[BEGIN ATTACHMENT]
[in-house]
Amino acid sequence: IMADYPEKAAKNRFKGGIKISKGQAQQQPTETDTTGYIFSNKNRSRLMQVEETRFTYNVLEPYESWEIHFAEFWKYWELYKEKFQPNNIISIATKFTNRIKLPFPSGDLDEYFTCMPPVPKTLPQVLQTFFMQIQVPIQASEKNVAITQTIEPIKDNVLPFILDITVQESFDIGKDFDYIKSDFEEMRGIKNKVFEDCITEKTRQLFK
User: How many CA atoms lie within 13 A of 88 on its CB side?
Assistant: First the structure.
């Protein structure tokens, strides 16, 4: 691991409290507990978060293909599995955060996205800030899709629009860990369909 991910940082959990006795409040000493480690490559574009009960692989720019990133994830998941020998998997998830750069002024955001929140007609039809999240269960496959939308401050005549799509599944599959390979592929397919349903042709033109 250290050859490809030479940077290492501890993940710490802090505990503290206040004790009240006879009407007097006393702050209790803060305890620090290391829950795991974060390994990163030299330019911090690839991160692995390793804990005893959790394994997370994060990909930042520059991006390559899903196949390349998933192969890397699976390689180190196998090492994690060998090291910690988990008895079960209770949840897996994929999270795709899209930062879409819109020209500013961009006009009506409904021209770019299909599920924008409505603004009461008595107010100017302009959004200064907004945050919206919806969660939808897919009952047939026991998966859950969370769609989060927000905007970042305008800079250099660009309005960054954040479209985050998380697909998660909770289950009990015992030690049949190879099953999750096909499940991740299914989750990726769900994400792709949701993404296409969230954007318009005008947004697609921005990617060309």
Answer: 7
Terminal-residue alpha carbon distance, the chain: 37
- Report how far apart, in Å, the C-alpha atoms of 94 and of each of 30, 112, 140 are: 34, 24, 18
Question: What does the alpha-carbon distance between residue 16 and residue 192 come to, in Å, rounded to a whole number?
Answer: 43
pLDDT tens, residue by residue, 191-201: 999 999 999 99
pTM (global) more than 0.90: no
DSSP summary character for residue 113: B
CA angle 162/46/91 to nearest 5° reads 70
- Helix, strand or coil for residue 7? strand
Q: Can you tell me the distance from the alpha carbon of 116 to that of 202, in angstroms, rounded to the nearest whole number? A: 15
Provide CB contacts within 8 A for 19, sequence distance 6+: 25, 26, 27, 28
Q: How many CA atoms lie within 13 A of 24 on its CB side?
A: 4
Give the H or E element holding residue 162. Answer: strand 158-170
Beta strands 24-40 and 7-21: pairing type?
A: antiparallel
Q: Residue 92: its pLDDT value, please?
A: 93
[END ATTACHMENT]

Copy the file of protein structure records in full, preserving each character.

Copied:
[in-house]
Amino acid sequence: IMADYPEKAAKNRFKGGIKISKGQAQQQPTETDTTGYIFSNKNRSRLMQVEETRFTYNVLEPYESWEIHFAEFWKYWELYKEKFQPNNIISIATKFTNRIKLPFPSGDLDEYFTCMPPVPKTLPQVLQTFFMQIQVPIQASEKNVAITQTIEPIKDNVLPFILDITVQESFDIGKDFDYIKSDFEEMRGIKNKVFEDCITEKTRQLFK
User: How many CA atoms lie within 13 A of 88 on its CB side?
Assistant: First the structure.
């Protein structure tokens, strides 16, 4: 691991409290507990978060293909599995955060996205800030899709629009860990369909 991910940082959990006795409040000493480690490559574009009960692989720019990133994830998941020998998997998830750069002024955001929140007609039809999240269960496959939308401050005549799509599944599959390979592929397919349903042709033109 250290050859490809030479940077290492501890993940710490802090505990503290206040004790009240006879009407007097006393702050209790803060305890620090290391829950795991974060390994990163030299330019911090690839991160692995390793804990005893959790394994997370994060990909930042520059991006390559899903196949390349998933192969890397699976390689180190196998090492994690060998090291910690988990008895079960209770949840897996994929999270795709899209930062879409819109020209500013961009006009009506409904021209770019299909599920924008409505603004009461008595107010100017302009959004200064907004945050919206919806969660939808897919009952047939026991998966859950969370769609989060927000905007970042305008800079250099660009309005960054954040479209985050998380697909998660909770289950009990015992030690049949190879099953999750096909499940991740299914989750990726769900994400792709949701993404296409969230954007318009005008947004697609921005990617060309």
Answer: 7
Terminal-residue alpha carbon distance, the chain: 37
- Report how far apart, in Å, the C-alpha atoms of 94 and of each of 30, 112, 140 are: 34, 24, 18
Question: What does the alpha-carbon distance between residue 16 and residue 192 come to, in Å, rounded to a whole number?
Answer: 43
pLDDT tens, residue by residue, 191-201: 999 999 999 99
pTM (global) more than 0.90: no
DSSP summary character for residue 113: B
CA angle 162/46/91 to nearest 5° reads 70
- Helix, strand or coil for residue 7? strand
Q: Can you tell me the distance from the alpha carbon of 116 to that of 202, in angstroms, rounded to the nearest whole number? A: 15
Provide CB contacts within 8 A for 19, sequence distance 6+: 25, 26, 27, 28
Q: How many CA atoms lie within 13 A of 24 on its CB side?
A: 4
Give the H or E element holding residue 162. Answer: strand 158-170
Beta strands 24-40 and 7-21: pairing type?
A: antiparallel
Q: Residue 92: its pLDDT value, please?
A: 93